For one night, the White Sox look like the team to beat in the AL Central.
The Tuesday Takeaway
The White Sox entered last night’s matchup with Justin Verlander with a .237 team TAv, the second-worst mark in baseball. Only the Marlins, at .231, had been less potent at the plate as a group, and Mike Redmond’s bunch did not have the benefit of a designated hitter. Among junior-circuit clubs, the Yankees, 11 points ahead of the White Sox at .248, were the next-worst squad.
The American League’s least productive lineup, one with only two starters toting on-base percentages higher than .310, is not supposed to collect 23 hits in a game against Verlander. But on Tuesday, the White Sox did.
The rest of this article is restricted to Baseball Prospectus Subscribers.
Not a subscriber?
Click here for more information on Baseball Prospectus subscriptions or use the buttons to the right to subscribe and get access to the best baseball content on the web.
What has to go wrong for Justin Verlander to have a bad day at work?
The stage was set for an epic duel in Arlington last Thursday, pitting perennial CY Young contender Justin Verlander against 2013's frontrunner for the hardware, Yu Darvish of the Rangers. The matchup was a slam-dunk selection for the Game of the Week on this week's episode of TINSTAAPP, and the hype was such that it took thoughtful consideration before co-host/BP colleague Paul Sporer reluctantly chose the “under” when I set the line at 23 strikeouts for the two starters combined.
To say that the game fell short of expectation is a massive understatement. Darvish threw 130 pitches in a game in which he surrendered four runs over the first four frames yet was in no danger of losing. Verlander saw to it that Darvish would get his seventh win of the season, surrendering eight earned runs before he could escape the third inning. The third frame of Thursday's game was the worst of Verlander's career—the Rangers plated seven runners, including two via bases-loaded walks, and the outing ended mercifully after Geovany Soto knocked a 97-mph fastball into the left-field stands for an 8-3 Ranger lead.
How do you sell a mismatch like Zito vs. Verlander? By highlighting the differences.
Game One of the World Series features a lopsided pitching matchup. Justin Verlander is a superior pitcher to Barry Zito by every measure imaginable. So how do you sell this as an intriguing matchup? The FOX broadcast will probably focus on what Verlander and Zito have in common—the Cy Young. Zito won the award in 2002, his second full season in the majors, and Verlander took his home last winter.
But it’s not what Verlander and Zito have in common that could make this entertaining; rather, it’s what separates them.
Justin Verlander and the Tigers figure to be too much for Barry Zito and the Giants to handle in Game One.
The Tigers roared past the Yankees and spent the past five days working to stay fresh. The Giants needed seven games to oust the Cardinals and spent the past five days outscoring them 20-1. Which team will continue its winning streak in Game One of the World Series?
Detroit's pitchers toyed with Yankees batters in all four games of the ALCS. Here's a closer look at two striking Tiger sequences.
When I was in high school, the thing to do was play poker. Kids would play during free periods, lunch, whenever, sometimes winning and losing over $100 in a day. (And some of them could actually afford it.) Like any high schooler worth his salt, I followed suit, and soon I was a dependably willing player, relatively conservative but always game to try to fleece a freshman who’d just looked up the rules on his expensive new iPhone. As an editor of the school newspaper, I even planted this quote in a cover story we ran on the poker fad: “It’s the most intellectually challenging thing I’ve ever done.” Yeah, when it came to antagonizing our teachers, we had a lot of tricks in our bag.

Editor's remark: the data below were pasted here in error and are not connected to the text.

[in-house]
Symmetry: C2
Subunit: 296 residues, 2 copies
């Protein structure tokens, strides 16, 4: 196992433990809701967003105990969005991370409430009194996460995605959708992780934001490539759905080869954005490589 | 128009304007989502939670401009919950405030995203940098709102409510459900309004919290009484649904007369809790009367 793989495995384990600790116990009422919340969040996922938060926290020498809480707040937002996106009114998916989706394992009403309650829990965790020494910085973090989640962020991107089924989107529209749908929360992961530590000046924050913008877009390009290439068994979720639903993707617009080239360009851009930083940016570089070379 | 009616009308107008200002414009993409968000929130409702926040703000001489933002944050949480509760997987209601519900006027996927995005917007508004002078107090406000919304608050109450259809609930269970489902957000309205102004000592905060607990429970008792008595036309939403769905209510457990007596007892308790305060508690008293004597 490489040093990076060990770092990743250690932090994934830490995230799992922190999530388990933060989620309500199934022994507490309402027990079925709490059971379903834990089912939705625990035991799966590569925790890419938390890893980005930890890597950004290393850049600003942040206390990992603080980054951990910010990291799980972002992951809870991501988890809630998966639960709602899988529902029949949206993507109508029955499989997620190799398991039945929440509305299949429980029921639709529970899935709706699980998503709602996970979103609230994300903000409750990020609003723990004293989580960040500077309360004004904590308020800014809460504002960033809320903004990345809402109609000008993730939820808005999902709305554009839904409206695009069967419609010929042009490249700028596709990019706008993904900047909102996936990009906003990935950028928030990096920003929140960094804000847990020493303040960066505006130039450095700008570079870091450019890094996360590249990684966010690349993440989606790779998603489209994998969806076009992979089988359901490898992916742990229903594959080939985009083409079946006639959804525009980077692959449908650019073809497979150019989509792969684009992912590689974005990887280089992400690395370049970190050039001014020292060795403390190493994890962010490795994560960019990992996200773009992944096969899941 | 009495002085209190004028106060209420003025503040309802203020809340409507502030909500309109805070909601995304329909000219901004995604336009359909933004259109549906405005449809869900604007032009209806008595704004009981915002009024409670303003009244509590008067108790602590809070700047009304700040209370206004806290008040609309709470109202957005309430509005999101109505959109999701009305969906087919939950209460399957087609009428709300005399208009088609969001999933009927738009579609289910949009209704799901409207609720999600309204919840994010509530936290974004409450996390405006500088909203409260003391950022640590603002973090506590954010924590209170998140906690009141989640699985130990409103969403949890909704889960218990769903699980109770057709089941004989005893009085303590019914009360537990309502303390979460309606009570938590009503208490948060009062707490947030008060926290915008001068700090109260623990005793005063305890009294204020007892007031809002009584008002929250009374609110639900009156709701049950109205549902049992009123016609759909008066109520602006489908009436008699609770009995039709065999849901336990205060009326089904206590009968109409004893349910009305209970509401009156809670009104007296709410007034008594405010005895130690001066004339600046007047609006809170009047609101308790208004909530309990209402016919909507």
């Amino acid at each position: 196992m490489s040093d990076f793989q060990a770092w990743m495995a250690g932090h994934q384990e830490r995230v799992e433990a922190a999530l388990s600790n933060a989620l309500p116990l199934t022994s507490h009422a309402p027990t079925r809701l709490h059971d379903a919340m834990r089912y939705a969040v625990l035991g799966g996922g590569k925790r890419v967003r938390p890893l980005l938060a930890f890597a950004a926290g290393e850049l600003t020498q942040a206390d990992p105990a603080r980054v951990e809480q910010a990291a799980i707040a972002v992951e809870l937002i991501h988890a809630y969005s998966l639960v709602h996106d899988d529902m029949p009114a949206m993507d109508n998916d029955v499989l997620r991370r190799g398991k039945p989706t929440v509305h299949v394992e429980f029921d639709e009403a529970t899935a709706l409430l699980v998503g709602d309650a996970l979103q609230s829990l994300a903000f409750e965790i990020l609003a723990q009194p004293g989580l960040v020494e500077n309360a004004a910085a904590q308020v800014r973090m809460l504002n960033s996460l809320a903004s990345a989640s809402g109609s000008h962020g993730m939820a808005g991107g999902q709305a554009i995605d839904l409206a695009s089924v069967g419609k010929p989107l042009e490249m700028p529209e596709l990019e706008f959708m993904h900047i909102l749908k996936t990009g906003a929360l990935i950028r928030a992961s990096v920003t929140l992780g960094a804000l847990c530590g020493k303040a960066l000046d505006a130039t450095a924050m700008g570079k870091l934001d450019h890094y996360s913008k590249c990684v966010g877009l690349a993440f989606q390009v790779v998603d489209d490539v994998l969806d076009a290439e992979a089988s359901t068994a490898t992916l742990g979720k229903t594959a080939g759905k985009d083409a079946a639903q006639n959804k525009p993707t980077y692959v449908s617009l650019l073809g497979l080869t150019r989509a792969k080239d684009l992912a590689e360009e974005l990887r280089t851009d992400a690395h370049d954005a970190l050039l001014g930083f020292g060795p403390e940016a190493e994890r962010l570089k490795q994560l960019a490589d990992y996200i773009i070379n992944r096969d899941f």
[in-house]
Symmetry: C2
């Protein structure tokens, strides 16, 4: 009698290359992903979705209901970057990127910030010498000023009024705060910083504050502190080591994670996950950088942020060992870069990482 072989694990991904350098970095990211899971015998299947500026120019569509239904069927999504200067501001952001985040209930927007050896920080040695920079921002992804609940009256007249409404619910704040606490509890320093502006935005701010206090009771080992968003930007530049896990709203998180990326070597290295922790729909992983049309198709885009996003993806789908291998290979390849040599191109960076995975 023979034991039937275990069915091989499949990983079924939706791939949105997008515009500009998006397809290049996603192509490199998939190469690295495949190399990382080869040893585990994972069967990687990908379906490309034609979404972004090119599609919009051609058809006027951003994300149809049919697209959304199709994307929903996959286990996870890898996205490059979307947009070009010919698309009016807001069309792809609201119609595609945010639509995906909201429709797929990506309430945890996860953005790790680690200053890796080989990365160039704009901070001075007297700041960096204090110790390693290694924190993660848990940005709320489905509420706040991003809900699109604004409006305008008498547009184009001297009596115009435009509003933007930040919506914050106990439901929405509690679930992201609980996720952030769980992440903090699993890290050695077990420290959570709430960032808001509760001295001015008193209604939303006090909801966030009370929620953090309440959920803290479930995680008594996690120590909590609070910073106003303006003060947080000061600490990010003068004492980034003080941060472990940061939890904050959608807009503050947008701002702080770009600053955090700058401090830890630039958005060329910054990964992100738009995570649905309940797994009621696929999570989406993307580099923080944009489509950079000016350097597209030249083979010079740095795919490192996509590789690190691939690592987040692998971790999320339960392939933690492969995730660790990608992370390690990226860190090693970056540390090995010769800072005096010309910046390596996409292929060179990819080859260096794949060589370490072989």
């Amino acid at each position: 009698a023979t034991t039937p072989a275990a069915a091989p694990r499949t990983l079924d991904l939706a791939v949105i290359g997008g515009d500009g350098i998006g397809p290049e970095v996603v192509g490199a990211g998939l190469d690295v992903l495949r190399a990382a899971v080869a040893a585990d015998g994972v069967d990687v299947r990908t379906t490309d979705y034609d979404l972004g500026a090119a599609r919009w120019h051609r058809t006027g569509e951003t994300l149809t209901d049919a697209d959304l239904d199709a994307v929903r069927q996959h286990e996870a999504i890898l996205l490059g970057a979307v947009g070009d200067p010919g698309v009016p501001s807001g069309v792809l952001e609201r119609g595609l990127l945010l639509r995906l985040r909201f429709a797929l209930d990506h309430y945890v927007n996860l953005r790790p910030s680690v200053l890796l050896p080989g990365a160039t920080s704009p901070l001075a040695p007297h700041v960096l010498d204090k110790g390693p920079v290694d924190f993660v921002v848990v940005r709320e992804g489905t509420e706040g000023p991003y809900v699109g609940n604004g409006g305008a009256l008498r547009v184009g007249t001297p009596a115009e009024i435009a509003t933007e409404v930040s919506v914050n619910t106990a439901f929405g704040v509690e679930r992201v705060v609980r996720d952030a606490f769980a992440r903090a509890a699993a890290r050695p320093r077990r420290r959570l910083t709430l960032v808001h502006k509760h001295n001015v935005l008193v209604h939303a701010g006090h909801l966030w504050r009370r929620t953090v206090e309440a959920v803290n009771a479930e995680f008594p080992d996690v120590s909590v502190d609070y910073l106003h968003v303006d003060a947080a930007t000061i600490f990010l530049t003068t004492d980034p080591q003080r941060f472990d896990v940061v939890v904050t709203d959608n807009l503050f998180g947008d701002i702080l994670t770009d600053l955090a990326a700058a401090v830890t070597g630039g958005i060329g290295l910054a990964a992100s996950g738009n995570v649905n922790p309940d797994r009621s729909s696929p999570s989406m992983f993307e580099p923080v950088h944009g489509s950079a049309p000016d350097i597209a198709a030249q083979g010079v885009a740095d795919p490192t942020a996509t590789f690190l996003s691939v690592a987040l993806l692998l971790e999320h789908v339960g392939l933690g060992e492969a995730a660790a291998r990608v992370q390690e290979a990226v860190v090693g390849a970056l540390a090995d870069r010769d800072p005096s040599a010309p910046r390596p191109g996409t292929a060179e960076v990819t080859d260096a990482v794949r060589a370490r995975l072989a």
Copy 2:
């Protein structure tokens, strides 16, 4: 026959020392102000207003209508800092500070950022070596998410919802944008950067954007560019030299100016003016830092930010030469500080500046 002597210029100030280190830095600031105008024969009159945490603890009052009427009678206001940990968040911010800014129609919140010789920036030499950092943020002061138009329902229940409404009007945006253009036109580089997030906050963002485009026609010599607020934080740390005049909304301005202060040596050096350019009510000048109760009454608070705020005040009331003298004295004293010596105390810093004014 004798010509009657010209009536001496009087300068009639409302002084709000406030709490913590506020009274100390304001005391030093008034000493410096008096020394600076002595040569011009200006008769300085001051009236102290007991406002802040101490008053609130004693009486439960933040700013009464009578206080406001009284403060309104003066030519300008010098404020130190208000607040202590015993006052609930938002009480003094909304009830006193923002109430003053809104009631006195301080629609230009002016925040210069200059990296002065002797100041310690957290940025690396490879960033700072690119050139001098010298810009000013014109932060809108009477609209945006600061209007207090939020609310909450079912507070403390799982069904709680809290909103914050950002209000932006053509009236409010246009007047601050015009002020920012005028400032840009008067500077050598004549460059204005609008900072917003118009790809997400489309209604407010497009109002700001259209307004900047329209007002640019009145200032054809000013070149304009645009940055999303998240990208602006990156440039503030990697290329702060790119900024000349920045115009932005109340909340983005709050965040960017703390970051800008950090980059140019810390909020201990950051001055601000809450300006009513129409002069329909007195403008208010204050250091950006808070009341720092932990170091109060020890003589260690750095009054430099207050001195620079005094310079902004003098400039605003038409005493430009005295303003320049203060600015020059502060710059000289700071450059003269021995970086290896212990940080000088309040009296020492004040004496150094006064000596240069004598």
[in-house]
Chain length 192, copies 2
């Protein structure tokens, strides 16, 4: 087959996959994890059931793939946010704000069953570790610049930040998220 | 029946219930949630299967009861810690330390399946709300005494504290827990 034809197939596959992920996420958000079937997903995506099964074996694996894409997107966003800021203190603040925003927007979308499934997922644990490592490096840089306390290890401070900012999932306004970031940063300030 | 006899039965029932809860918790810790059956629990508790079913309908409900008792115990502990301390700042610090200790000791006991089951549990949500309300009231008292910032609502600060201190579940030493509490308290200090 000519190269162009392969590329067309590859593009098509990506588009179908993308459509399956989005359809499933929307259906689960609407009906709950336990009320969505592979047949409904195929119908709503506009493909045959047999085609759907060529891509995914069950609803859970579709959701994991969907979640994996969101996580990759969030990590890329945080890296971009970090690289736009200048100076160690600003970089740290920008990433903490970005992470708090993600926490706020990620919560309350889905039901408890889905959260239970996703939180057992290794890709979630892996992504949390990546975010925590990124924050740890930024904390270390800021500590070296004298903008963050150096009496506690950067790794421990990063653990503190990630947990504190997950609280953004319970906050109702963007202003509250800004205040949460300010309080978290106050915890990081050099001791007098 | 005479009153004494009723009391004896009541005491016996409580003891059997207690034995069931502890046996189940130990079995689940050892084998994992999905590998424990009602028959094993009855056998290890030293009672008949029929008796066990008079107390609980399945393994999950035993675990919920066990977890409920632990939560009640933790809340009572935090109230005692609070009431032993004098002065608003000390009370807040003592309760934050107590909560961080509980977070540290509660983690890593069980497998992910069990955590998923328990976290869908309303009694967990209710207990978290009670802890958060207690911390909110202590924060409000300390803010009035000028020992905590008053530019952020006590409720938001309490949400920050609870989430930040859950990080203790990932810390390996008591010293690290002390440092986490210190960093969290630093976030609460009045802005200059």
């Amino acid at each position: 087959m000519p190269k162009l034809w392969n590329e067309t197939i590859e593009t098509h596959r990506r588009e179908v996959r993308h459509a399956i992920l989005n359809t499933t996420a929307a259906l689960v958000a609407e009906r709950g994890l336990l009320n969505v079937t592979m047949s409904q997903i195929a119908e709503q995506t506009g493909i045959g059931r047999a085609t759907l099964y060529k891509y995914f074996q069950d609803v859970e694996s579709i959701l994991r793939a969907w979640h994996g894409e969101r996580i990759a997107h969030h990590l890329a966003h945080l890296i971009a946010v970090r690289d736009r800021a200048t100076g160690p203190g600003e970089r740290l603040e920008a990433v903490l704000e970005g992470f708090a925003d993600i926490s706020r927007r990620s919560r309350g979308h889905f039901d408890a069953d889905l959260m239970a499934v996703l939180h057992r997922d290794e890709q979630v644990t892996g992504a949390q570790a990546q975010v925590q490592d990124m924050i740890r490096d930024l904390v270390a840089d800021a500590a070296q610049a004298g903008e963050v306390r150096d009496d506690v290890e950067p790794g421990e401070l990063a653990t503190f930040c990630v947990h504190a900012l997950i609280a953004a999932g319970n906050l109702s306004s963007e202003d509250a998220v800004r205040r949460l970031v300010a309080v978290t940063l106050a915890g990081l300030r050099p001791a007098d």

Poker may not have taught me as much as I wanted my teachers to think it did, but I did introduce me to one piece of advice that has stuck with me ever since: a successful poker player focuses more on his opposition’s holding than his own hand. I find that’s true in many walks of life, nowhere more so than in the duel between batter and pitcher, when it’s just natural to do what feels most comfortable to you, rather than what might feel least comfortable to your opponent. In the most extreme example, Aroldis Chapman walks a Little Leaguer on four sliders because he fears he doesn’t have his best heat that day. In a real-world example, the Yankees don’t adjust to the way their ALCS opponent’s pitchers attack them, and their season ends because of it. (Oh, and Justin Verlander somehow allows a home run to Eduardo Nunez. But we’ll get there.)
Two preseason favorites match up, but there are plenty of surprises about how they got there. Undoubtedly, there are surprises to come.
After all that funny business, the American League ultimately settled into a scenario quite easily predicted all along: the Tigers against the Yankees in the ALCS. Not that there aren’t still surprises, even with the A’s and Orioles eliminated. The Tigers, for instance, aren’t the 1,000-run Tigers, but a club built on starting pitching good enough to win even when the offense is scoring only three runs per game. And the Yankees are, by choice, fielding an A-Rod-less team in the most crucial moments. There will be plenty of narratives in this series: The inevitability of Justin Verlander; the Triple Crown winner trying to punctuate the end of his season; the Yankees’ first postseason without Mariano Rivera; slumping veteran stars on the Yankees; the many overachieving adjectives about Derek Jeter; and, as always, Alex Rodriguez. They’re fine narratives, even if they’re not the ones we underdog-lovers were rooting for.